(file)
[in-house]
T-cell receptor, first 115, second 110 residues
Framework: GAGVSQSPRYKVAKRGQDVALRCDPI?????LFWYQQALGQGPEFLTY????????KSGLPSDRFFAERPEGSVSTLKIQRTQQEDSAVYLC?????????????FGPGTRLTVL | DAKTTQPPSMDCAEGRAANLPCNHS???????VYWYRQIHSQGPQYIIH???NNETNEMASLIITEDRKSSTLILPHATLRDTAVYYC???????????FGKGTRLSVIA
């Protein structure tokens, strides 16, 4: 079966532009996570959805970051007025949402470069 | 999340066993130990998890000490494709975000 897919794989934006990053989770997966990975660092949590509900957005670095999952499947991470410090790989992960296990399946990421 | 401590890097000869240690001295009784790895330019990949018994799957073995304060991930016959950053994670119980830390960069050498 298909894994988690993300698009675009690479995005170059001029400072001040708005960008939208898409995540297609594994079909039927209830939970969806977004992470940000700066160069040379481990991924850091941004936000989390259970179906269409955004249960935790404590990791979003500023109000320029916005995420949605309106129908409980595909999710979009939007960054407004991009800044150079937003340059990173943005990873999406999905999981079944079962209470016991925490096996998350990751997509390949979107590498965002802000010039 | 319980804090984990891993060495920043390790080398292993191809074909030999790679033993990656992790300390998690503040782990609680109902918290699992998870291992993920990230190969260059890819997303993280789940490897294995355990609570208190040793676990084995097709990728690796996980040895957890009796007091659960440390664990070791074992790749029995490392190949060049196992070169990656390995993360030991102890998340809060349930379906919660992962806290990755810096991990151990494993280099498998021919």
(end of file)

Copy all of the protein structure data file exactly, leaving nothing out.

[in-house]
T-cell receptor, first 115, second 110 residues
Framework: GAGVSQSPRYKVAKRGQDVALRCDPI?????LFWYQQALGQGPEFLTY????????KSGLPSDRFFAERPEGSVSTLKIQRTQQEDSAVYLC?????????????FGPGTRLTVL | DAKTTQPPSMDCAEGRAANLPCNHS???????VYWYRQIHSQGPQYIIH???NNETNEMASLIITEDRKSSTLILPHATLRDTAVYYC???????????FGKGTRLSVIA
């Protein structure tokens, strides 16, 4: 079966532009996570959805970051007025949402470069 | 999340066993130990998890000490494709975000 897919794989934006990053989770997966990975660092949590509900957005670095999952499947991470410090790989992960296990399946990421 | 401590890097000869240690001295009784790895330019990949018994799957073995304060991930016959950053994670119980830390960069050498 298909894994988690993300698009675009690479995005170059001029400072001040708005960008939208898409995540297609594994079909039927209830939970969806977004992470940000700066160069040379481990991924850091941004936000989390259970179906269409955004249960935790404590990791979003500023109000320029916005995420949605309106129908409980595909999710979009939007960054407004991009800044150079937003340059990173943005990873999406999905999981079944079962209470016991925490096996998350990751997509390949979107590498965002802000010039 | 319980804090984990891993060495920043390790080398292993191809074909030999790679033993990656992790300390998690503040782990609680109902918290699992998870291992993920990230190969260059890819997303993280789940490897294995355990609570208190040793676990084995097709990728690796996980040895957890009796007091659960440390664990070791074992790749029995490392190949060049196992070169990656390995993360030991102890998340809060349930379906919660992962806290990755810096991990151990494993280099498998021919």